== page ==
Fangs In: Yu E Bao Is Not to Blame; Criticism of Alibaba’s e-investment product is misguided because it represents exactly the kind of innovation the financial industry badly needs

02.24.2014 16:35

Fangs In: Yu E Bao Is Not to Blame

Criticism of Alibaba’s e-investment product is misguided because it represents exactly the kind of innovation the financial industry badly needs

By Liu Shengjun

Niu Wenxin, the executive editor of CCTV’s Stock Information Channel, recently called Alibaba’s e-investment product Yu E Bao a “vampire” in a blog article. He wrote that it should be banned because of the damages it does to banks, the financial industry and the country’s real economy.

It is understandable that some are feeling threatened by the sudden rise of a new force in the financial industry, in this case the Internet. Unlike the top-down reform plan of the third plenum of the Communist Party’s 18th Central Committee, the Internet is changing the country from the bottom up.

It took Yu E Bao a mere 200 days to grow from nothing to deposits of 250 billion yuan, and another 30 days to reach 400 billion yuan. The impressive growth echoes a warning from Alibaba CEO Jack Ma: “If the banks don’t change, we will change them.”

And it’s not just Alibaba’s Yu E Bao. Tencent Holdings’ Li Cai Tong and peer-to-peer online lending services sprouting up like bamboo in the spring all signal the disruptive change the Internet will force on the financial industry.

What made the sudden rise of Internet finance possible? We can look at the question from two perspectives.

Bombs Away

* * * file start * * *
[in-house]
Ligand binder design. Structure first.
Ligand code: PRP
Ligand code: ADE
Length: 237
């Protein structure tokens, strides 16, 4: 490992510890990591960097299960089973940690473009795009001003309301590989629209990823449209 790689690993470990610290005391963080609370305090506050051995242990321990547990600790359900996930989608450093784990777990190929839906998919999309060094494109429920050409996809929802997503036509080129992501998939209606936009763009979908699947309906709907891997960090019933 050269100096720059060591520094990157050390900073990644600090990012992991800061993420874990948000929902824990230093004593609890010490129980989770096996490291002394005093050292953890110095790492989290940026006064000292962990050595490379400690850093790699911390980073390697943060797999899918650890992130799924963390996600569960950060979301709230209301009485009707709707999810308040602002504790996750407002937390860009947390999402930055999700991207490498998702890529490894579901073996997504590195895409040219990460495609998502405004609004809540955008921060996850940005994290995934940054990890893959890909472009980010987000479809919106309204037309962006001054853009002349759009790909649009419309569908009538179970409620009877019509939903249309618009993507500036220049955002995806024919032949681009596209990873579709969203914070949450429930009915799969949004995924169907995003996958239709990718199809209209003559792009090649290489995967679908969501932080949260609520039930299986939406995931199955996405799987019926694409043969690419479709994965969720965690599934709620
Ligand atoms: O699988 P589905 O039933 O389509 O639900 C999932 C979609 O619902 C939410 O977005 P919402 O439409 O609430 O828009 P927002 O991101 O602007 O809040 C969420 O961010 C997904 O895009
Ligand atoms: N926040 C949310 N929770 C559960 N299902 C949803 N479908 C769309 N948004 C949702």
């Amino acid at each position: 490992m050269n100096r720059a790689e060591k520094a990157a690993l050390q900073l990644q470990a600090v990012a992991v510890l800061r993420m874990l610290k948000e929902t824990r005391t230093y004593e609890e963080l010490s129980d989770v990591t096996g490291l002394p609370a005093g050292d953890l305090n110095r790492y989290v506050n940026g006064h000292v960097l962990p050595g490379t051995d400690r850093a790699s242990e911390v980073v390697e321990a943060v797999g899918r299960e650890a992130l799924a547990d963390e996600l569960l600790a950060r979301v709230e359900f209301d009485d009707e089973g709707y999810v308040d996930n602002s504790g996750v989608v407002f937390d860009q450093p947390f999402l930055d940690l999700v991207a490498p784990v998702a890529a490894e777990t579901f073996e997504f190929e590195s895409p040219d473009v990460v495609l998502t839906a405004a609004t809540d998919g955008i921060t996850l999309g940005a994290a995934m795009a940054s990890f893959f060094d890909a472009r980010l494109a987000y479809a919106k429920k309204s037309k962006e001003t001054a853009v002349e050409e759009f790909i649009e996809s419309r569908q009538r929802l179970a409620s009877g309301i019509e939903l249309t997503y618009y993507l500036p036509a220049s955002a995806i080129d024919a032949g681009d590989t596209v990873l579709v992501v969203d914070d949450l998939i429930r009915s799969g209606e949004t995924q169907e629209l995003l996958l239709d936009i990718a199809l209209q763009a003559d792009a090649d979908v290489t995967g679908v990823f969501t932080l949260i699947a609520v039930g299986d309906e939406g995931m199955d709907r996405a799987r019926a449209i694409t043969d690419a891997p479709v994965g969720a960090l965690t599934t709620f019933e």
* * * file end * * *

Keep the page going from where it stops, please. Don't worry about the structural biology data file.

First, the success of Internet finance can be viewed as a result of overregulation. The current financial regulatory system is repressive. State-owned banks dominate, IPOs require licensing and the government sets interest rates. Overregulation has two consequences. On the one hand, banks are making loads of easy money while part of the real economy struggles to get financing. On the other, the financial system lacks the motivation to innovate. Plagued by low efficiency, the system fails to meet investors’ need for wealth management products and small and medium-sized enterprises’ need for financing.

But Alibaba’s service provides high yields for investors. On top of that, Yu E Bao is flexible, convenient and can be used for more than one purpose. (Customers can use money parked there to pay on Alibaba’s shopping websites). All of these factors contribute to Yu E Bao’s unrivalled success.

Second, Internet financing is ending discrimination that private businesses suffer. An interesting phenomenon is that almost all Internet finance companies are private. Therefore, the clash between them and banks is at the same time a clash between private and state-owned finance. For a long time, the financial industry was dominated by state-owned organizations with a few token private businesses. The Chinese dream of almost every private entrepreneur has been to build a bank that can get them out of the nightmare struggle to get financing. Yu E Bao is the bomb that tore down a part of state-owned capital’s great financial wall.

The sudden rise of Internet finance, seen from these perspectives, is threatening state banks’ long-time monopoly. Niu’s comments are precisely what the banks want to hear.

Remember Kodak?

Niu has two main arguments. The first is that Yu E Bao does not create any value on its own, but profits from raising the cost of credit for society. “Yu E Bao is a typical parasite of the financial system … The country’s real economy, which is ultimately the final loan takers, will pay,” Niu said.

Second, he argues that no developed economy has seen services like Yu E Bao prosper, including Japan, whose people are also savers. This is because regulators in developed economies are well aware of the harm Yu E Bao and the like can do to the overall economy, Niu argues.

Is Yu E Bao a parasite? Of course not. Yu E Bao offers investors a yield that is 20 times banks current deposit rate simply by channeling money to the interbank money market through Tianhong Asset Management Co. Alibaba and Tianhong both earn a profit in the process. Where does the profit come from? Obviously from squeezing the excess profits of banks. There is no regulation that bans Tianhong, a wealth management company, from investing in the interbank money market, so what is wrong with making money legally? After all, the high interbank rate is not Alibaba’s work.